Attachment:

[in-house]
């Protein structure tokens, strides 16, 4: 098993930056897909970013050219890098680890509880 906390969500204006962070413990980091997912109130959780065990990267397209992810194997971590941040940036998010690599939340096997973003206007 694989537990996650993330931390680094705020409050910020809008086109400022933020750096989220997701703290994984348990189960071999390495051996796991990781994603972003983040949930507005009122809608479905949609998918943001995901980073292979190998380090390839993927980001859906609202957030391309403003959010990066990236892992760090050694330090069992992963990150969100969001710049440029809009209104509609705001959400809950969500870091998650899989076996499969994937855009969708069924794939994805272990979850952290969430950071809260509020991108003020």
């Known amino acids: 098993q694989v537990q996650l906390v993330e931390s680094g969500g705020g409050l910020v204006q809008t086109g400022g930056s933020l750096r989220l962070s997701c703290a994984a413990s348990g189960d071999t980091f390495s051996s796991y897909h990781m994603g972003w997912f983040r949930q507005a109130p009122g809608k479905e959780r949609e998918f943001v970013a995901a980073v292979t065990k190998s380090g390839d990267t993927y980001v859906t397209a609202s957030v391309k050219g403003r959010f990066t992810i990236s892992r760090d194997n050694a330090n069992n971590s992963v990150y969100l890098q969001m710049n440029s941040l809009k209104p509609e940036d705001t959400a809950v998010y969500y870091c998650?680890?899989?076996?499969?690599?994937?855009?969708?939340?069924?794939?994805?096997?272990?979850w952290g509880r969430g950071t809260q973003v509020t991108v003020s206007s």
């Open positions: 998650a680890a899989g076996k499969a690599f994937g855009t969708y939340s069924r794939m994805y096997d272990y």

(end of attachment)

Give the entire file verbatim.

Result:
[in-house]
């Protein structure tokens, strides 16, 4: 098993930056897909970013050219890098680890509880 906390969500204006962070413990980091997912109130959780065990990267397209992810194997971590941040940036998010690599939340096997973003206007 694989537990996650993330931390680094705020409050910020809008086109400022933020750096989220997701703290994984348990189960071999390495051996796991990781994603972003983040949930507005009122809608479905949609998918943001995901980073292979190998380090390839993927980001859906609202957030391309403003959010990066990236892992760090050694330090069992992963990150969100969001710049440029809009209104509609705001959400809950969500870091998650899989076996499969994937855009969708069924794939994805272990979850952290969430950071809260509020991108003020």
């Known amino acids: 098993q694989v537990q996650l906390v993330e931390s680094g969500g705020g409050l910020v204006q809008t086109g400022g930056s933020l750096r989220l962070s997701c703290a994984a413990s348990g189960d071999t980091f390495s051996s796991y897909h990781m994603g972003w997912f983040r949930q507005a109130p009122g809608k479905e959780r949609e998918f943001v970013a995901a980073v292979t065990k190998s380090g390839d990267t993927y980001v859906t397209a609202s957030v391309k050219g403003r959010f990066t992810i990236s892992r760090d194997n050694a330090n069992n971590s992963v990150y969100l890098q969001m710049n440029s941040l809009k209104p509609e940036d705001t959400a809950v998010y969500y870091c998650?680890?899989?076996?499969?690599?994937?855009?969708?939340?069924?794939?994805?096997?272990?979850w952290g509880r969430g950071t809260q973003v509020t991108v003020s206007s």
């Open positions: 998650a680890a899989g076996k499969a690599f994937g855009t969708y939340s069924r794939m994805y096997d272990y």